Here are some general "tips" I've learned by going to our local theatre:
-People dislike having your shoes on the top of their seat.
-People are really turned off by your bare feet on the top of their seat.
-People turn around and give you angry looks if you talk in the theatre.
-People tend to get up and get the manager if you continue to talk after they turn around and give you angry looks.
-You might end up with Raisinettes in your hair if you talk on your cell phone during the movie.
Hopefully, these are helpful :)
Let me share a recent incident at a local theatre. We enjoy going to a local theatre where delicious food and drinks are brought to your table while you watch a movie. They could get away with shoddy food, but they don't. It's really good stuff. It is pricy, but worth it. But I digress.
My husband and I celebrated our anniversary recently and decided to have a rare date there. We love our kids, but every once in a while, I want my Snugglebunny all to myself. We sat down, were promptly waited on and ordered our food. Behind us was an entire row of what appeared to be pre-teen boys with their chaperon. Now that doesn't bother me a bit as I myself have boys. What bothered me was the noise these boys continued to make during the movie. It continued to ramp up getting louder and louder. They were carrying on conversations, making sound effects and loud comments. I turned around a few times and shot a dirty look. Finally, I told them to be quiet. This was near the end of the movie. They continued with the noise. I'm gritting my teeth.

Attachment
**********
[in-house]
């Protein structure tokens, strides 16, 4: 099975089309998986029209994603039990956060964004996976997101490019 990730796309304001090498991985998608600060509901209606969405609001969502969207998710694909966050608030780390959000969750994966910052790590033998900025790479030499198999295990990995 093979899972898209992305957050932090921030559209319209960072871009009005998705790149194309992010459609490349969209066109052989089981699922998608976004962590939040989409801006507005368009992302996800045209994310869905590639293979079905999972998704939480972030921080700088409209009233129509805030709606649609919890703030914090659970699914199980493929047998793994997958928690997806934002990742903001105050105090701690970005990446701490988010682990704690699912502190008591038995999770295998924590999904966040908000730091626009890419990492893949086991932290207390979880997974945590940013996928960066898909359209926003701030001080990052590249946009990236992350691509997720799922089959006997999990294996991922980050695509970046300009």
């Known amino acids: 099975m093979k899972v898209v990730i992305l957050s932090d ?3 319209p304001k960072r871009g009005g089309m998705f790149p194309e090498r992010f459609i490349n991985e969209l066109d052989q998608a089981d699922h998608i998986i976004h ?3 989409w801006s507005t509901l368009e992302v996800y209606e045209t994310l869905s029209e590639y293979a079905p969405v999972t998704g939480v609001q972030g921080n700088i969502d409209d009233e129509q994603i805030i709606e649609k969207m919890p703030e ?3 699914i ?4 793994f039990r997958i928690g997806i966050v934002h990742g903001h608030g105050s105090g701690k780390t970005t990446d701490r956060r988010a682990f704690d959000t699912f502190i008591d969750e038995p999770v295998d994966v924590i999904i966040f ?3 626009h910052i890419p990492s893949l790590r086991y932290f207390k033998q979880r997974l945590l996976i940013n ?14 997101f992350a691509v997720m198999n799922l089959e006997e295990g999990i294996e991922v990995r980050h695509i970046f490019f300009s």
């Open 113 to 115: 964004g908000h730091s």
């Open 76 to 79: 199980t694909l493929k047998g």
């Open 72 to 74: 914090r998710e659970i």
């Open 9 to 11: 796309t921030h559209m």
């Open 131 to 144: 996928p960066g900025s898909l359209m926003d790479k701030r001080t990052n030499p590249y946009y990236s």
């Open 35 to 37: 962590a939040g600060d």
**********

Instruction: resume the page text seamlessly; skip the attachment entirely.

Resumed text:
At the end of the movie, they made a huge ruckus and I had it. I stood up and addressed the boys directly. I told them they should be ashamed of their behavior during the movie and that they had disturbed the entire theatre with their noise. They looked at me shocked like no one had ever corrected them before. Judging from their behavior, that was probably the case. By this time, their ineffective "chaparone" stood up and tried to get me to stop my correcting of these monkeys. She got an earful. I told her that when these children were with her, she was responsible for their behavior. She didn't say another word. I saw this scripture come to life: “The rod of correction imparts wisdom, but a child left to himself disgraces his mother” (Proverbs 29:15) There was definitely a disgraced mother that day.
I contacted the theatre manager after the incident. I told him that his staff was responsible for the comfort of his patrons. There was no way that his staff missed the noise while going in and out of the theatre all evening. They should have taken care of it right away. He apologized and told us that he would address this with his staff. He then promptly sent us 4 tickets and $30 in credit for food. I think that was such a kind gesture.
I think that the behavior of these boys is quite prevelant in our affluant community. These children probably think nothing of going to this expensive theatre. Their parents' world probably revolves around the children's comfort and wants. This "child worship" by their parents does not do these children any favors. These children will end up a burden to themselves expecting to live the same standard they are accustomed to after they are on their own. These are the children dumped at the mall that insist on talking loud and making trouble, desperate for any attention. They will be a burden to others wherever they go. Their bad behavior alienating them from other students, teachers, co-workers, and the rest of civilized society. If you love your children, discipline them. It is temporarily uncomfortable for everyone, but reaps life long benefits. “No discipline seems pleasant at the time, but painful. Later on, however, it produces a harvest of righteousness and peace for those who have been trained by it” (Hebrews 12:11).